Planet Editor

This article describes design decisions that will be rediscussed before their implementation in the future, and as such are not final.

The Planet Editor is one of Thrive's five editors, and the last to be unlocked. It allows the player to edit a whole planet, including its ecosystem, atmospheric conditions, topography, and the like. The tools needed to unlock this editor are highly advanced, meaning that the player will be well into Space Stage before the possibility of unlocking the Planet Editor is available.

Editor Overview

The Solar System

The solar system will start out as a planetary disk. Out of that planets will form, and smash into each other, all of that good Belgium. How it happens.That's basically how you'll have your solar system form. The PE, however will be making planets that are fully fledged.

In The Beginning

You're going to start out with a sizing table, how big you want your planet to be. This will decide size and gravity, however, gravity can be slightly adjusted with a small slider. Gas giants will be made in the same way they were in the old editor, by laying down layers of gases on top of the molten liquid core.

There will be an option to randomize rock layers and landforms on the planet.

Rocky bodies are going to start out as realistic as possible. They're going to be masses of black volcanic rock with cracks corresponding to the gaps between tectonic plates. Tectonics will be a part of your planet, and you'll have continental drift and all sorts of other things that come with the rifts like ocean trenches, volcanoes, earthquakes, etc.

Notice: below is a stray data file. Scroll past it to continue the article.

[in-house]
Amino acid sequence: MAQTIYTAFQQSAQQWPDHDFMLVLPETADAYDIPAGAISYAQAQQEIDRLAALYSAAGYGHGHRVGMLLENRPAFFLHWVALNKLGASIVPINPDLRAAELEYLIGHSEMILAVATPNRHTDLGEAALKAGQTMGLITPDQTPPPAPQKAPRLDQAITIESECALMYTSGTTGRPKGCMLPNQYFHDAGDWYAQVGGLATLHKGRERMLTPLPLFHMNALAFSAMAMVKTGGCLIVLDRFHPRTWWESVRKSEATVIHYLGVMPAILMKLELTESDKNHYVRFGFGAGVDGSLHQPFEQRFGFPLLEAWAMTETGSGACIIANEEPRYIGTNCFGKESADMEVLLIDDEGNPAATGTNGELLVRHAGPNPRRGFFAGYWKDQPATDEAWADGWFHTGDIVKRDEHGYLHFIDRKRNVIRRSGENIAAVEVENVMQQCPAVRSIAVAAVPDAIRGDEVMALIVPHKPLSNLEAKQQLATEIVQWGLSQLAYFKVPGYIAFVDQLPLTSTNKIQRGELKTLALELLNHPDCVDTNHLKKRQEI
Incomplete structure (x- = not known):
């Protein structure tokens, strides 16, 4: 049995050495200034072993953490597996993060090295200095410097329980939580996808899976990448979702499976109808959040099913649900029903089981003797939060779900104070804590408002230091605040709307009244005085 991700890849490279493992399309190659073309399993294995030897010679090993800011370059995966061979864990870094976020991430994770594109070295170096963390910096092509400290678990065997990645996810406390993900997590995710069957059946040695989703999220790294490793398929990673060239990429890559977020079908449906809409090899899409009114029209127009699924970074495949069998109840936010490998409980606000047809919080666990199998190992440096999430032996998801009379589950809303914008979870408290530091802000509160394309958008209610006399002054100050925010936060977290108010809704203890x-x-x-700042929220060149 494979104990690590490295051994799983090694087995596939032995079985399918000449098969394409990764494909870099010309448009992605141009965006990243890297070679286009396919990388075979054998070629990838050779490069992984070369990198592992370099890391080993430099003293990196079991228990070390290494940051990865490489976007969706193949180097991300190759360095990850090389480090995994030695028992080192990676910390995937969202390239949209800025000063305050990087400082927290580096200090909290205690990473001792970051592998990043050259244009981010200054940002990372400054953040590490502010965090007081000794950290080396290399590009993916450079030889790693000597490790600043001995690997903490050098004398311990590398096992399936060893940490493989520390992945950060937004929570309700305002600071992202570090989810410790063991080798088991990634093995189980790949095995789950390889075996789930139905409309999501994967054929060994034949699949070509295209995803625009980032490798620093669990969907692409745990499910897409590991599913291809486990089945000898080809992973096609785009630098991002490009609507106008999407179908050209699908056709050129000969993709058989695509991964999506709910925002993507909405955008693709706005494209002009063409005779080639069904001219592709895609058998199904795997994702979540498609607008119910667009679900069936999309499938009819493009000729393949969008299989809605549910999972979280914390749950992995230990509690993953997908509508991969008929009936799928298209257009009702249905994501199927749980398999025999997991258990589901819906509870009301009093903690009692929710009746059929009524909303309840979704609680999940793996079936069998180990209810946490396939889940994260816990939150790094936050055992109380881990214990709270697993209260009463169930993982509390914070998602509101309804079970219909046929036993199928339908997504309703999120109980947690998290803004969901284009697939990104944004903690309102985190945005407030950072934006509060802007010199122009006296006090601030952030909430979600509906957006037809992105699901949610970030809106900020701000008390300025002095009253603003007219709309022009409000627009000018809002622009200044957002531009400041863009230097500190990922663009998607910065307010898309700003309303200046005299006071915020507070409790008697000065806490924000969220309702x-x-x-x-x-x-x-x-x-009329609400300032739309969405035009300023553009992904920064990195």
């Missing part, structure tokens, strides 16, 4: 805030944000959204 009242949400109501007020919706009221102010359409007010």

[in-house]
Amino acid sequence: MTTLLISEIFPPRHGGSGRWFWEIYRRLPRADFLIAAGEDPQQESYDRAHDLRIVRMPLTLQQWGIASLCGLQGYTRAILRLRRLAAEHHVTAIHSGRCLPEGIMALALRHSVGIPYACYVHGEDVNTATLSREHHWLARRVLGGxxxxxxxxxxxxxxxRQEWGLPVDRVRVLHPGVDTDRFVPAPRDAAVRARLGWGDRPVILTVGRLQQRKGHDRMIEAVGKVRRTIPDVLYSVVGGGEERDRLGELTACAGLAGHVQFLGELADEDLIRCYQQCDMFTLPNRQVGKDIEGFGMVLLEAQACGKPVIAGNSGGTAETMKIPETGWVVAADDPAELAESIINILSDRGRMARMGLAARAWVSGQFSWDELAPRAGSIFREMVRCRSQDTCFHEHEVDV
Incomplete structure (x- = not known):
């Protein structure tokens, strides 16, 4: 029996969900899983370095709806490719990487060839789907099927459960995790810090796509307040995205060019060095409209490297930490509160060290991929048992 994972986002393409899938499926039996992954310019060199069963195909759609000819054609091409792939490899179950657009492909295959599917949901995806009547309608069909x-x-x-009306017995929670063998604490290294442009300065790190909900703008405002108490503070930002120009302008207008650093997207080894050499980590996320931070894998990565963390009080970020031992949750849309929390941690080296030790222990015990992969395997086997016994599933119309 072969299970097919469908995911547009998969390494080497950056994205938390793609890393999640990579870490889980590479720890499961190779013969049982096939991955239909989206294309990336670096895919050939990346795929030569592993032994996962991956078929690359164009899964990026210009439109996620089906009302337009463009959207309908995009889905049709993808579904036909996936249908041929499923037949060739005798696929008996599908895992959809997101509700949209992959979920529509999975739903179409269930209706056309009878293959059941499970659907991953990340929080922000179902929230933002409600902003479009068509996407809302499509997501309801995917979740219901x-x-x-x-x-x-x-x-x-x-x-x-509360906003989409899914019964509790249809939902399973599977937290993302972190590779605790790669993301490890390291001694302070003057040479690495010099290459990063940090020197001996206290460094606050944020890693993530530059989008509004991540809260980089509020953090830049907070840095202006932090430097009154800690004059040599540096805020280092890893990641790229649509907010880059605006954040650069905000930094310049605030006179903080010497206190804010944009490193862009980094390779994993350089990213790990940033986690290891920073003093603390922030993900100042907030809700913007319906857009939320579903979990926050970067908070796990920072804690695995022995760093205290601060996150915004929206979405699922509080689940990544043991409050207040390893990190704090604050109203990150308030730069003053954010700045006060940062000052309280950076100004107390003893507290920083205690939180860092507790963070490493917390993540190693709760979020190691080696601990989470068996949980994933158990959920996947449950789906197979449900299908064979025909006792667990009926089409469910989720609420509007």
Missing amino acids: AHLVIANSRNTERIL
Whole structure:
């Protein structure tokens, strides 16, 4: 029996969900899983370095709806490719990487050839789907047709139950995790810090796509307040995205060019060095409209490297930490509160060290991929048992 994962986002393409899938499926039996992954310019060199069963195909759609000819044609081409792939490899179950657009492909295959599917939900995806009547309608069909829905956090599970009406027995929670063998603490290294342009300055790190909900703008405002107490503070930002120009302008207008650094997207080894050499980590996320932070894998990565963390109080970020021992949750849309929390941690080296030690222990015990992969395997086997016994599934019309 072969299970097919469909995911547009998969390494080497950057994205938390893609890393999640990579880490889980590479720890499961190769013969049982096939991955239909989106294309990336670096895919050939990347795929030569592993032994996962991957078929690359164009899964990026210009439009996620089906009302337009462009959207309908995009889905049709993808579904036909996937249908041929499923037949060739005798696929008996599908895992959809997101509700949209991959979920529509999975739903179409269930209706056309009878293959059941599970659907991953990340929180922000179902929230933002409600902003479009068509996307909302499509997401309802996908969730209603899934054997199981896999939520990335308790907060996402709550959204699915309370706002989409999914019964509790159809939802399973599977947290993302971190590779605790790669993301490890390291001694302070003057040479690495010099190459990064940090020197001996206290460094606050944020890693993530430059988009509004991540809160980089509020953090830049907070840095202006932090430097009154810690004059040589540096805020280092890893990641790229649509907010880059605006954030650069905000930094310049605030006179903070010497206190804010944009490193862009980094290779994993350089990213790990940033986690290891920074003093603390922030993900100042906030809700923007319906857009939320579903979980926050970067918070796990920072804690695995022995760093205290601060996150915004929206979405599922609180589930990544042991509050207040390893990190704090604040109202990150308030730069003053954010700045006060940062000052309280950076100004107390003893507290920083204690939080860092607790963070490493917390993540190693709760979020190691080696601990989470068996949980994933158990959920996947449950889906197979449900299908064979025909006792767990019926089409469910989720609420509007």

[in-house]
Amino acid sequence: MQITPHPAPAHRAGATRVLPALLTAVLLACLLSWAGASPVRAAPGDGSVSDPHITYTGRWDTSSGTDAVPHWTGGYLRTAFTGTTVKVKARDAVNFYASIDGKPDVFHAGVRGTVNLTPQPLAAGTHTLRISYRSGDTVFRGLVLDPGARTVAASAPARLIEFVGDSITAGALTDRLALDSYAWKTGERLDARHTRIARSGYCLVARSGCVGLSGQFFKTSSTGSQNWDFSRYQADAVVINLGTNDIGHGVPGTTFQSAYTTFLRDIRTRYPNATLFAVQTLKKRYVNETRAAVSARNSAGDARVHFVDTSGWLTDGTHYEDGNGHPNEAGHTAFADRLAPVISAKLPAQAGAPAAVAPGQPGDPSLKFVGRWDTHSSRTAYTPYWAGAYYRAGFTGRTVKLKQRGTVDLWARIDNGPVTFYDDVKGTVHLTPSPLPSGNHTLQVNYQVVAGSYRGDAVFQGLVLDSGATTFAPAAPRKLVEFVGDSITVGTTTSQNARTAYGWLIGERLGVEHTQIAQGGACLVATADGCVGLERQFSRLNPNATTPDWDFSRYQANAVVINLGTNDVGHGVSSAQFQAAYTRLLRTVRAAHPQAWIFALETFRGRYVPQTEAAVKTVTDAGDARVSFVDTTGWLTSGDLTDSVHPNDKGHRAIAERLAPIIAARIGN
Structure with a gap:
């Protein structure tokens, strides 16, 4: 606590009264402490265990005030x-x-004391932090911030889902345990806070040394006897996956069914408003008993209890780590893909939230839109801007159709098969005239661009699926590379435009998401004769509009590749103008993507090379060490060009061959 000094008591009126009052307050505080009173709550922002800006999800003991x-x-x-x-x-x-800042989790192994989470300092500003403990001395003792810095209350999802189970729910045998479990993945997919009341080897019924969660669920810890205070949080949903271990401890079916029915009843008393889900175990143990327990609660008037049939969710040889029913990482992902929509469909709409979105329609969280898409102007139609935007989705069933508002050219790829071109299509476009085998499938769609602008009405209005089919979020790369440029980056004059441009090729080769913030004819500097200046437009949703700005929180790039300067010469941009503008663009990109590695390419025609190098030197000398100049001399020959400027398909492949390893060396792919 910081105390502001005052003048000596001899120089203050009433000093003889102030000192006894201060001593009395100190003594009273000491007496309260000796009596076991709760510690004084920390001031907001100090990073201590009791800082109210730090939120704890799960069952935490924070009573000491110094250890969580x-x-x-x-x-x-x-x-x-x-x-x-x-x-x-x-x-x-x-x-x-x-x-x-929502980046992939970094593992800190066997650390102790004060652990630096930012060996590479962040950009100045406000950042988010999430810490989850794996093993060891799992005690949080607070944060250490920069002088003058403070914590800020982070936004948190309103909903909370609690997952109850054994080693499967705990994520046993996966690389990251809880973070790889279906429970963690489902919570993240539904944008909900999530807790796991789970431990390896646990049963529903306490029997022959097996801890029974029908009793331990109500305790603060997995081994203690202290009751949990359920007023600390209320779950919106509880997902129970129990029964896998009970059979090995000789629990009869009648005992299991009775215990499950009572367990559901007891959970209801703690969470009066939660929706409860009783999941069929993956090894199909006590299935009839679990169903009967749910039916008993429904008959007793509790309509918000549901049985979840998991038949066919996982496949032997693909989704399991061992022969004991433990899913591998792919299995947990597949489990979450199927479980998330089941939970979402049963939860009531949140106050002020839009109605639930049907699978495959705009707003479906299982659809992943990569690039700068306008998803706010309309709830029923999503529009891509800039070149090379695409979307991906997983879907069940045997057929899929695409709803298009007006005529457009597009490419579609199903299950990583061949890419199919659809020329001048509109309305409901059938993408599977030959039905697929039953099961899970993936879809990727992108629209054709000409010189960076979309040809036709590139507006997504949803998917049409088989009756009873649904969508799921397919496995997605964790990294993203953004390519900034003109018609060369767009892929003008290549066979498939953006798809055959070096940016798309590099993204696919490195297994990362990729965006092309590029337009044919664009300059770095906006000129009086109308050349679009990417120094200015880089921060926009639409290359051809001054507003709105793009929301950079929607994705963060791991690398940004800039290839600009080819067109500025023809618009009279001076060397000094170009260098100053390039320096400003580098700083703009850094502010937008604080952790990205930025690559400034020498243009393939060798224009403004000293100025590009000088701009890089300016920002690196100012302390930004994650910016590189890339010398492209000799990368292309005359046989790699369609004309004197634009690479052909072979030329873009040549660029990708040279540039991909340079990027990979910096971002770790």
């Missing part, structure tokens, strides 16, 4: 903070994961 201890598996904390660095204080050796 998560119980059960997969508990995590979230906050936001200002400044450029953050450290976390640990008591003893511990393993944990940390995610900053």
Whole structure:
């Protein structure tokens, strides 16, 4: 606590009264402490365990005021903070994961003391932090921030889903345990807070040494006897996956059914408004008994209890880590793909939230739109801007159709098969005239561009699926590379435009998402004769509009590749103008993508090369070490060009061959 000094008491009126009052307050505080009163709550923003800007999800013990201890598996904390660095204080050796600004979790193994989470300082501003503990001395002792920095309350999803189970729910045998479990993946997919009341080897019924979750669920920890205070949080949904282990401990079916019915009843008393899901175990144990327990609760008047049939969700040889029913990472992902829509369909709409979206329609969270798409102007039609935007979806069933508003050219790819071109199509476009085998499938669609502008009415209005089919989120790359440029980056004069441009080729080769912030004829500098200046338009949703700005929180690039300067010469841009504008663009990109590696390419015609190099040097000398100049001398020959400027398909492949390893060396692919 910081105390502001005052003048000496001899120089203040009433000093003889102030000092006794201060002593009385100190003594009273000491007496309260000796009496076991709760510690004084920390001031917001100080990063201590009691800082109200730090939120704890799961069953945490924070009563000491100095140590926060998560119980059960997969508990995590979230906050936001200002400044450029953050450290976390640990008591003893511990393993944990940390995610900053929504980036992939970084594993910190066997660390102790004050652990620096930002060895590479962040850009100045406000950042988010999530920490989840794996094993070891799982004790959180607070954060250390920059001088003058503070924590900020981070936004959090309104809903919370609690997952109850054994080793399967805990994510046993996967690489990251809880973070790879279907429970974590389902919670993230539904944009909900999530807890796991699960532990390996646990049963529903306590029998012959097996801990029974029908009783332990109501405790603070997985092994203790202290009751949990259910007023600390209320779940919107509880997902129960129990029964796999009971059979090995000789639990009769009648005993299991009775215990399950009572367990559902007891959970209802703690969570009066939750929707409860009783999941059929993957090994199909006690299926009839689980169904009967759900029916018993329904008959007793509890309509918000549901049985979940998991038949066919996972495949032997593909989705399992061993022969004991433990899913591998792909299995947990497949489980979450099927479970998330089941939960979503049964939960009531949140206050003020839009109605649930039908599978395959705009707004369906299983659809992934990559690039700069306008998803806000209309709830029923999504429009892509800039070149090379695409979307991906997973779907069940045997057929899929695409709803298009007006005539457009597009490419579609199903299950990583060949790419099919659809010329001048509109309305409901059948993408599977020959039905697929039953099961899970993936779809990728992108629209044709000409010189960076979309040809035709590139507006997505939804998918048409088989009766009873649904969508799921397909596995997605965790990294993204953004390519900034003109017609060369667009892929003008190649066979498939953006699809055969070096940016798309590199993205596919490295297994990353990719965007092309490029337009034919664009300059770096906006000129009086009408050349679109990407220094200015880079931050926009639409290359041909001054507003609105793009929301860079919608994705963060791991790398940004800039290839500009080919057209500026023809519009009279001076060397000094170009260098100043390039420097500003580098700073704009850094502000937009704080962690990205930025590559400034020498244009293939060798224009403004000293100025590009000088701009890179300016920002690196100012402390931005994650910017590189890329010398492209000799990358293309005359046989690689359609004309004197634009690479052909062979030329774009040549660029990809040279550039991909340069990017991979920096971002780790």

You start to create your planet by building with different layers of rock. You'll have a few panels of rock types- sedimentary, metamorphic, and igneous. You'll have a panel of each type with a few different types of rock on it.

The Rock Cycle will be active as well, so your planet won't stay a granite ball if you make it that way.

Building Controls

Basically, you will have brushes and paint. The brush you select will define how rock is placed, and the "paint" will be a type of rock selected from one of the rock palettes described above. You can also carve into your planet to create canyons, valleys, etc using different brushes. More brushes will populate in small features like hills, small lakes, bluffs, ground covering (except for organisms) etc.
You can pour water onto any point on your planet, and also plant springs. You can designate other liquids like liquid methane if temperatures permit*. Different layers of liquid can be poured on, as long as they are of different densities they will not mix.

You can paint biomes on to your planet using brushes. Each brush has a set of rules, and some biomes, including beaches and sea zones will populate automatically.

Static VS Dynamic

Static planets never change from original settings, geologically. In God mode, you should be able to pause organic evolution on a planet as well.
Dynamic planets can be affected by geologic activity, disasters, etc, and are constantly in a state of change, like our planet earth. Basically, random things happen to tectonic movement, random asteroids get hurled at your planet, etc.

That's all for now.

*Temperatures are designated by distance from the sun, geologic activity, etc.

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